The Senate officially passed the long-awaited $1.9 trillion COVID relief bill, but what does that mean for working everyday citizens?

In the bill 85% of American households can expect $1,400 per person, and a middle-class family of four will get $5,600.

“This nation has suffered too much for much too long, and everything in this package is designed to relieve the suffering and to meet the most urgent needs of the nation,” said  President Joe Biden. 

Additional provisions in the bill include an additional $300 weekly jobless benefits through September 6, a child allowance of up to $3,600 per family, $350 billion in aid to state and local governments, and $14 billion for vaccine distribution. Other provisions include $510 million for FEMA and $750 million for states and communities impacted by job and revenue loss in the tourism, travel and outdoor recreation sectors. Education provisions include $1.25 billion for evidence-based summer enrichment, $1.25 billion for after-school programs and $3 billion for education technology and tax-free COVID-19 student loan relief.

But not so fast! The House will still have to vote to amend legislation on Tuesday.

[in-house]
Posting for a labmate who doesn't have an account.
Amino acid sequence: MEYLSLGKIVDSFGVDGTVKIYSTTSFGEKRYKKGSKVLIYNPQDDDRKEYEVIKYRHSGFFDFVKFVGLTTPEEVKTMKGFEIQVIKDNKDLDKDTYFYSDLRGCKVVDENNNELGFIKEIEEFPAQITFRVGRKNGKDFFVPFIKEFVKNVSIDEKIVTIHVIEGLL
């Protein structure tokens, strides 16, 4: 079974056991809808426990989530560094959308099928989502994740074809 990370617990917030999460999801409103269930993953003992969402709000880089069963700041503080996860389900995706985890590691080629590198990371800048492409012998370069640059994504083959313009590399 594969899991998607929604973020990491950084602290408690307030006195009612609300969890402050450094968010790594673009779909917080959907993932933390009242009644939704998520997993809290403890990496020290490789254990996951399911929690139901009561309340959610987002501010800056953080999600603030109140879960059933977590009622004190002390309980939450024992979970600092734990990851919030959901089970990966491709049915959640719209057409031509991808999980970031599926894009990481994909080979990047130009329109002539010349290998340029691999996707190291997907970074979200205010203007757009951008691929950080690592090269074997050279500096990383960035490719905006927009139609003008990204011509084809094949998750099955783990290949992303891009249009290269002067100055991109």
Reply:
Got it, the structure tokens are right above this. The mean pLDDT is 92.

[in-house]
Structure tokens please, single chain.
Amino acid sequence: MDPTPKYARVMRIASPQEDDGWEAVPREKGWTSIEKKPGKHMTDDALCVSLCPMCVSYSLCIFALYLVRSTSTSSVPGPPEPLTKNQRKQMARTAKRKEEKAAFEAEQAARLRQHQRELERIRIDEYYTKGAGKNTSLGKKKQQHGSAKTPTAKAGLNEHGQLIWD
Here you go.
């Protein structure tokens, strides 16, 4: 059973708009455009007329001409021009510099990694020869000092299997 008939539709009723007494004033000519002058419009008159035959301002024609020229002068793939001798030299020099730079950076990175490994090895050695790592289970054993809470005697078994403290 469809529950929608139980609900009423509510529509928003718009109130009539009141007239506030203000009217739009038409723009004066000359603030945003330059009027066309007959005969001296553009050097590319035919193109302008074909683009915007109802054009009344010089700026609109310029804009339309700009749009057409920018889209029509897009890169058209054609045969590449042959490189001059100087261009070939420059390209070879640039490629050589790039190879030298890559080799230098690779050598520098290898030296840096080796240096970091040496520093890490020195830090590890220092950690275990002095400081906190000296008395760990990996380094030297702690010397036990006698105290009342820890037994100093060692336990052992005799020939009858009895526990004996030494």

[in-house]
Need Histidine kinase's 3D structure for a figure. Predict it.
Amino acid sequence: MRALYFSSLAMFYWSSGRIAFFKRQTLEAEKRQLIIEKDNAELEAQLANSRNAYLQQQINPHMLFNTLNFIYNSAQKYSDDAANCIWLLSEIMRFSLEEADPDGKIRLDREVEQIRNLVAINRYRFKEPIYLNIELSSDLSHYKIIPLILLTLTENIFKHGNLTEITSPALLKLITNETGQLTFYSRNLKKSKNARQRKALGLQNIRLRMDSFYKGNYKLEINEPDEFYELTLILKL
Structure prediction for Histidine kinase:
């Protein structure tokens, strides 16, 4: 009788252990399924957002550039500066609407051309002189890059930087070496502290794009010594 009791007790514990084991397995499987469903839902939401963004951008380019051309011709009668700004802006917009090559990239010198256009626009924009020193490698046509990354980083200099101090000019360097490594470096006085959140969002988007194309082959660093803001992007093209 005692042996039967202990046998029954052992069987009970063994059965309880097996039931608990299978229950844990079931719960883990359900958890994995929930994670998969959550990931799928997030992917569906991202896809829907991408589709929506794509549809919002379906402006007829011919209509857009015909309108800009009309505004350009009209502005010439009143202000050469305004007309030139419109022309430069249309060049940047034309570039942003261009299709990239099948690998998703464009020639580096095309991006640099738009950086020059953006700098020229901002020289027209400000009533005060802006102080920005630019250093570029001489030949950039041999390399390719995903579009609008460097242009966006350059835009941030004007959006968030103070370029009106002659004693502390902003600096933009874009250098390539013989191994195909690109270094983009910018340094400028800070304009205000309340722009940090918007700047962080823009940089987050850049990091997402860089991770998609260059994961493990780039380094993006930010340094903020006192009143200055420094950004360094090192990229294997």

“On Tuesday, the House will consider the Senate’s amended version of the American Rescue Plan, so that we can send this bill to President Biden for his signature early next week,” House Majority Leader Steny Hoyer (D-Md) said in a statement.

The biggest difference between the House and Senate bill is the federal minimum wage increase to $15 per hour. There is also the jobless benefit supplement, which is currently at $300 a week as opposed to the House wanting $400 a week.

“The House now hopes to have a bipartisan vote on this life-saving legislation and urges Republicans to join us in recognition of the devastating reality of this vicious virus and economic crisis and of the need for decisive action,” said House Speaker Nancy Pelosi.

Once again, the American people are left waiting for much-needed assistance while the government negotiates on our behalf when the majority of them couldn’t begin to understand the hardships that many of us face.

Sigh… and so we wait.